The Farish Street Historic District is the only African American historic site listed on the national register that was built by former slabves, whose great-great grandchildren still work and live in the district. Farish Street takes it's name from Water Farish, a former slave who settled on the northeast corner of Davis and Farish Streets. Several other African American families moved to the area near Mr. Farish and his family. The 1869 Jackson directory listed 22 freed blacks as residents of the district. The Farish Street District has thrived and survived through Emancipation, Reconstruction, Segregation, Civil Rights and Urban Renewal.
Farish Street was the enocomic Mecca of the African American Community in its heyday. This street and community have so much history. The area had everything, to incluide, five and dime stores, dress shops, florists, medical care services (i.e., doctor offices, a hospital), legal services, nice restaurants, funeral homes, a movie theater, churches, a furniture store, community centers, beauty shops, and even once served as the home of Jackson State University. Thus, it was a self-contained community, a model by which current communities are striving to recreate.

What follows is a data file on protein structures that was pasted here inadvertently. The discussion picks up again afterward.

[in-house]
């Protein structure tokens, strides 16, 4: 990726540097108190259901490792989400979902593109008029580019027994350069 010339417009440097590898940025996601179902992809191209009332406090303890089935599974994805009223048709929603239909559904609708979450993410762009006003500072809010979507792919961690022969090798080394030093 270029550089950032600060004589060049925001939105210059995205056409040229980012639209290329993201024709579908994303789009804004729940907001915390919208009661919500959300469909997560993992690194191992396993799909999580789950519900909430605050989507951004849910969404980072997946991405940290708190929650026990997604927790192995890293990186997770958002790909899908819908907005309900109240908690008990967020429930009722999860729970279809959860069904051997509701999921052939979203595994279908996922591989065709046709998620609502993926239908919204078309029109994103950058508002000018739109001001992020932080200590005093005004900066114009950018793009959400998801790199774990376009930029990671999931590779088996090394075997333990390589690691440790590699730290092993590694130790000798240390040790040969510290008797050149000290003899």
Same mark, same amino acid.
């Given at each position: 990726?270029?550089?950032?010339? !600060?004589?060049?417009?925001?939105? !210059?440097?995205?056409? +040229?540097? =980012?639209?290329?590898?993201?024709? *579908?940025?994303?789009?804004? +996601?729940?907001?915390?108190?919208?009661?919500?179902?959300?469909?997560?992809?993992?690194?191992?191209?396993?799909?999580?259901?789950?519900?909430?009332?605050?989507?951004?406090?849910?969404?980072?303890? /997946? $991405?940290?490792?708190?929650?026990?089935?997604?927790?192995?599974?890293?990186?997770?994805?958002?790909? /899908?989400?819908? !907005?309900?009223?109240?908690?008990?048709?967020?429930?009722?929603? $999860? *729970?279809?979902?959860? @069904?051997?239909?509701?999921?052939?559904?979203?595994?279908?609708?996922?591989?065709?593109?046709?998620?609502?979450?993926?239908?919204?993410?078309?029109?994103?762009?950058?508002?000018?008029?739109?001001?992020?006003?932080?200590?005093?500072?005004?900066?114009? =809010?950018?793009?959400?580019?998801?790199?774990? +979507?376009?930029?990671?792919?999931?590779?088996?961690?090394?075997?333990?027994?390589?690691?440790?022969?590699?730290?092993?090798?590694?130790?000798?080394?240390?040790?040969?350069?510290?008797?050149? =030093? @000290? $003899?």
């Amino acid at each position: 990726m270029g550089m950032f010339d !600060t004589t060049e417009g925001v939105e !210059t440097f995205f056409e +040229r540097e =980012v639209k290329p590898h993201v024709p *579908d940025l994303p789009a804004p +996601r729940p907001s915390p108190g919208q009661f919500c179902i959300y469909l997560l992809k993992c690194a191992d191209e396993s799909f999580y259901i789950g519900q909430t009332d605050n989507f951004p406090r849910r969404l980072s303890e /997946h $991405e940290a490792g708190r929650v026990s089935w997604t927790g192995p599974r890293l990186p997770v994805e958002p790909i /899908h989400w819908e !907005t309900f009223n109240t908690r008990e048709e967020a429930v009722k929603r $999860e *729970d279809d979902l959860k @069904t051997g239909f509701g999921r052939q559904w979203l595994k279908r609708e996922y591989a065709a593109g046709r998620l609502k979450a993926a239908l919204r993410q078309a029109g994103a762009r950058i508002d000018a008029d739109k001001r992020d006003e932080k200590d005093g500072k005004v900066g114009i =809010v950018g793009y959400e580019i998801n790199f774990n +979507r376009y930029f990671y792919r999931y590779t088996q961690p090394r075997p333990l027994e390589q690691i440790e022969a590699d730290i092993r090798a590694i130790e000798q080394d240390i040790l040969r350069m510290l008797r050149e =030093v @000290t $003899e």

Farish Street was once the hub education, social political, religious and entertinment activities for Jackson's African American community. In celebration of the neighborhood's rich and unique heritage, The Festival board of directors will continue to host this annual celebration in the Historic Farish Street community of downtown Jackson.
The Farish Street Heritage Festival of Jackson, Inc. ("The Festival"), is a non-profit African American art's organization consisting of an eleven-member board of directors. The members remain committed to honoring the rich legacy through a unique culture extravaganza known as the Farish Street Heritage Festival. The Festival features several stages of live entertainment presenting national, regional, and local artists and performers. Festival patrons also enjoy arts and crafts exhibits featuring vendors from around the world. Attendees cand delight their palette with some of the best "soul food" and ethnic delicacies this side of the Mason-Dixon! Children can play all day at the Kitty Kottage filled with face painting, arts and crafts, music and various cultural activities. The Farish Street Heritage Festiva provides entertainment for the entire family and offers a diverse array of cultural programming in Mississippi exposing festival participants to artists thy cannot frequently see. The Farish Street Heritage Festival of Jackson, Inc., board works hard to foster a membership with the community and to find sponsors to support this event.